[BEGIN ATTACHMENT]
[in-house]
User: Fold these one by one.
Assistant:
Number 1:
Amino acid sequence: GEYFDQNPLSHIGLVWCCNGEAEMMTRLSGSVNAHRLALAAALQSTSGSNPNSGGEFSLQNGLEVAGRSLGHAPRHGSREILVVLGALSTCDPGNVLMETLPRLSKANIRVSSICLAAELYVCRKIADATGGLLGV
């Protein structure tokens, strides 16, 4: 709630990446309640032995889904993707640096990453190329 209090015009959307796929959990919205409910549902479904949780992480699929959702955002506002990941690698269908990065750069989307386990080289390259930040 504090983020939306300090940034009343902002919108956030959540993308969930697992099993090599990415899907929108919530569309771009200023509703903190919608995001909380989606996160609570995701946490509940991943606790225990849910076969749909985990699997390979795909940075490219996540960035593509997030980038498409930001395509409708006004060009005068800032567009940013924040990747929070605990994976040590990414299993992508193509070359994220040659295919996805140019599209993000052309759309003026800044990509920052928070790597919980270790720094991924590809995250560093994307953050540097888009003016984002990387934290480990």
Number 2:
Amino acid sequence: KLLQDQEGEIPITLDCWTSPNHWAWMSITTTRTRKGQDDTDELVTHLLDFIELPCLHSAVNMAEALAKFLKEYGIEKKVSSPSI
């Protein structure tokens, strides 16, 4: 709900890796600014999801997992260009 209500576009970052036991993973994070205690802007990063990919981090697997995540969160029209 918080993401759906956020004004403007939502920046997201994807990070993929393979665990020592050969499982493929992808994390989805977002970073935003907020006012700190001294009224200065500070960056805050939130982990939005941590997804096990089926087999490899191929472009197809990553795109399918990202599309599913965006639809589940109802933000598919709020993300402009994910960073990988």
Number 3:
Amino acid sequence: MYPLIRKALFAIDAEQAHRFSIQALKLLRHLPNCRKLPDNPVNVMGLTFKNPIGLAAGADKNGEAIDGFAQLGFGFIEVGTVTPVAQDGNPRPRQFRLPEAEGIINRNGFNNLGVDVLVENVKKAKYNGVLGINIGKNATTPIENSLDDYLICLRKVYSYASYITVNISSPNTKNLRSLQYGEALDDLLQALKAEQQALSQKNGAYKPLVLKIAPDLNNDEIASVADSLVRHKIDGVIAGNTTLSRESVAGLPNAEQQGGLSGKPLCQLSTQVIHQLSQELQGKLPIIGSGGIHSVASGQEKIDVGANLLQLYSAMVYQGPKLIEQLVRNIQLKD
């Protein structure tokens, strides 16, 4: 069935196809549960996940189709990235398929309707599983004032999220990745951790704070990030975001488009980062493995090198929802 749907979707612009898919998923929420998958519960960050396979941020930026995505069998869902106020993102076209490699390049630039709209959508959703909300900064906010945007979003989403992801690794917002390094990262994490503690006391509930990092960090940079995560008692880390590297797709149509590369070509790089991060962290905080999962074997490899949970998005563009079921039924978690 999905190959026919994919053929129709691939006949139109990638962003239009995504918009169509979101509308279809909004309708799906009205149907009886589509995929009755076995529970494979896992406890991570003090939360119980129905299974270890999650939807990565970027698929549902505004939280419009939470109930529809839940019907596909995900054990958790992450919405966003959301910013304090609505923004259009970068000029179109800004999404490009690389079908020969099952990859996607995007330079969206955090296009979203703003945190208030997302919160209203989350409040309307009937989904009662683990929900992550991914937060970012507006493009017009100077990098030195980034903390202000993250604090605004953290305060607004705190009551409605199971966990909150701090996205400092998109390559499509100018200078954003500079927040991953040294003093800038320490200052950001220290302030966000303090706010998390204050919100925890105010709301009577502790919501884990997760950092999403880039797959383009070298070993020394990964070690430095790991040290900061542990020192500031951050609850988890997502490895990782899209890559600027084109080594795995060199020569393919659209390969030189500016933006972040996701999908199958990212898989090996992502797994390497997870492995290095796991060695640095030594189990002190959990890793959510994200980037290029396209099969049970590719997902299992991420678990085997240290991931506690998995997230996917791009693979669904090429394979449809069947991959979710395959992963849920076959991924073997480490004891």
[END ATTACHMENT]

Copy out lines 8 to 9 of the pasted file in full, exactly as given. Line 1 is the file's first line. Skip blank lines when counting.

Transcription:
Amino acid sequence: KLLQDQEGEIPITLDCWTSPNHWAWMSITTTRTRKGQDDTDELVTHLLDFIELPCLHSAVNMAEALAKFLKEYGIEKKVSSPSI
């Protein structure tokens, strides 16, 4: 709900890796600014999801997992260009 209500576009970052036991993973994070205690802007990063990919981090697997995540969160029209 918080993401759906956020004004403007939502920046997201994807990070993929393979665990020592050969499982493929992808994390989805977002970073935003907020006012700190001294009224200065500070960056805050939130982990939005941590997804096990089926087999490899191929472009197809990553795109399918990202599309599913965006639809589940109802933000598919709020993300402009994910960073990988």